Southern Albertans create group to 'fill that gap' getting Ukrainians settled
One woman moving to Medicine Hat is stuck in Sri Lanka after the war broke out
As millions of Ukrainians flee after Russia invaded their country, a group of volunteers is helping those coming to southern Alberta.
Calling themselves Project Sunflower, after the European country's national flower, the group was founded by members in Lethbridge who share strong ties to Ukraine.
One of those members, Mykhailo Pereverza, grew up in southern Ukraine. After war broke out with Russia, he organized two rallies in solidarity with his home country at Lethbridge City Hall.
"I definitely feel that I had to do something," he said.
Pereverza spends hours online every day in contact with friends, family and strangers who seek support in everything from translation to housing to visa applications.
Eventually, he connected with a small group of other locals seeking to help.
"We've really stepped in to fill that gap … what the federal government is not able to do," said Rowen Hill, a second-generation Ukrainian Canadian.
"We are somewhat of a matchmaking system."
Hill says they are working to connect people with jobs, help them get kids enrolled in schools and have even pooled their money to pay for flights to Canada.
"We're really doing everything that we can to just create a stable foundation for incoming Ukrainians to settle here in southern Alberta," said Hill.
"We're growing and scaling and changing as the needs grow and scale and change."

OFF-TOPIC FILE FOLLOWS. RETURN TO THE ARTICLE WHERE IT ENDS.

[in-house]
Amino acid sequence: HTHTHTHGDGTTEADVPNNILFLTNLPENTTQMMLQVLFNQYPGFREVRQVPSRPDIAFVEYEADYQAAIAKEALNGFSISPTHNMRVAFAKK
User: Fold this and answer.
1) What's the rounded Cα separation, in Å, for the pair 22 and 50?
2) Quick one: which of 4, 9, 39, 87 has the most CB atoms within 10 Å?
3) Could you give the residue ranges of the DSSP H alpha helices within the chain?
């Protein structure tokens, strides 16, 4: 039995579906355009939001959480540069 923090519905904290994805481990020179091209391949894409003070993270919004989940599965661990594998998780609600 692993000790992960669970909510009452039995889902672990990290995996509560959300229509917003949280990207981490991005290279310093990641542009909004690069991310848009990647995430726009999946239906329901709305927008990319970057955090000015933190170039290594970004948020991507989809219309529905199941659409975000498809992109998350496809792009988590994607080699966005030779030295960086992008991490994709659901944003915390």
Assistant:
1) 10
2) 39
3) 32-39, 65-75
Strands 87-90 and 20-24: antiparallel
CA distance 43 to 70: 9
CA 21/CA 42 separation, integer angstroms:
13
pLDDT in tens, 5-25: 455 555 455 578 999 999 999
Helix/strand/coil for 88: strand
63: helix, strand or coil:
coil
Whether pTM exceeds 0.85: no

So far, the group has worked with 100 families. The first will be arriving in Lethbridge in a few weeks. Hill plans on welcoming one of those families to her basement suite in the city.
Mariupol to Sri Lanka to Canada
Iuliia Myroshnychenko, who is from the Ukrainian port city of Mariupol, was vacationing with two friends in Sri Lanka when the war began.
"My paradise, it switch, change to hell. It's terrible," she said.
Myroshnychenko has watched from afar as the city she lives in endures bombings and attacks. Early on, she even lost contact with her mother for over two weeks — before learning she was safe.
"It was for me very stressful because I didn't know if she leave or not leave," she said.
Myroshnychenko cannot return to Mariupol, where her life is. She was able to obtain a work visa and plans on moving to Medicine Hat alongside her travel companions.
She found Project Sunflower online, where she connected with Pereverza.
She and her friends who are also stuck in Sri Lanka are trying to obtain travel funds before coming to southern Alberta, where she has a family connection.
Project Sunflower is in the process of locating a place for them to stay, and Pereverza is trying to raise funds for their travel.
Though much of what comes next is unknown, Myroshnychenko says she's doing what she can right now, like focusing on practising English and staying in contact with family.
"I'm very grateful to people who communication with me and try to support me," she said.
"It's a situation I never wished."
She and other Ukrainians in contact with Project Sunflower will arrive in the coming weeks.
The group hopes to obtain not-for-profit status soon in order to bolster its fundraising efforts.
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